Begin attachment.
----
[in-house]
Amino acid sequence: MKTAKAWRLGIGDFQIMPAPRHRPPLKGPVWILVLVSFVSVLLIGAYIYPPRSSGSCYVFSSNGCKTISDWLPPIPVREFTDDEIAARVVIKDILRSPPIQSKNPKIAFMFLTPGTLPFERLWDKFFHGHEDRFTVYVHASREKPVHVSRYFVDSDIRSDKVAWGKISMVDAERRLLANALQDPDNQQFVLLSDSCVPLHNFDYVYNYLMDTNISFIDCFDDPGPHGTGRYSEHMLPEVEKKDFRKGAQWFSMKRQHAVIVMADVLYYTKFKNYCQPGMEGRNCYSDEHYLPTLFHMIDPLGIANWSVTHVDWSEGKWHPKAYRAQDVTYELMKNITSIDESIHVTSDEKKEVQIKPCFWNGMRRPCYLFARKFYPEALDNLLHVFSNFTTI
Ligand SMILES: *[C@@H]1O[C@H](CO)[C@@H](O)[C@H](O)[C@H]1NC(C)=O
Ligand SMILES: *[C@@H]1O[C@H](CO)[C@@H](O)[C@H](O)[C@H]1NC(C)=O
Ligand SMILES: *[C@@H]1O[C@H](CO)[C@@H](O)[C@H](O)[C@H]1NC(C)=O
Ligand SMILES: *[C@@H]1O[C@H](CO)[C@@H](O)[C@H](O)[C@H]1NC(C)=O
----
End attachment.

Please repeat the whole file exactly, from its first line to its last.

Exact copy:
[in-house]
Amino acid sequence: MKTAKAWRLGIGDFQIMPAPRHRPPLKGPVWILVLVSFVSVLLIGAYIYPPRSSGSCYVFSSNGCKTISDWLPPIPVREFTDDEIAARVVIKDILRSPPIQSKNPKIAFMFLTPGTLPFERLWDKFFHGHEDRFTVYVHASREKPVHVSRYFVDSDIRSDKVAWGKISMVDAERRLLANALQDPDNQQFVLLSDSCVPLHNFDYVYNYLMDTNISFIDCFDDPGPHGTGRYSEHMLPEVEKKDFRKGAQWFSMKRQHAVIVMADVLYYTKFKNYCQPGMEGRNCYSDEHYLPTLFHMIDPLGIANWSVTHVDWSEGKWHPKAYRAQDVTYELMKNITSIDESIHVTSDEKKEVQIKPCFWNGMRRPCYLFARKFYPEALDNLLHVFSNFTTI
Ligand SMILES: *[C@@H]1O[C@H](CO)[C@@H](O)[C@H](O)[C@H]1NC(C)=O
Ligand SMILES: *[C@@H]1O[C@H](CO)[C@@H](O)[C@H](O)[C@H]1NC(C)=O
Ligand SMILES: *[C@@H]1O[C@H](CO)[C@@H](O)[C@H](O)[C@H]1NC(C)=O
Ligand SMILES: *[C@@H]1O[C@H](CO)[C@@H](O)[C@H](O)[C@H]1NC(C)=O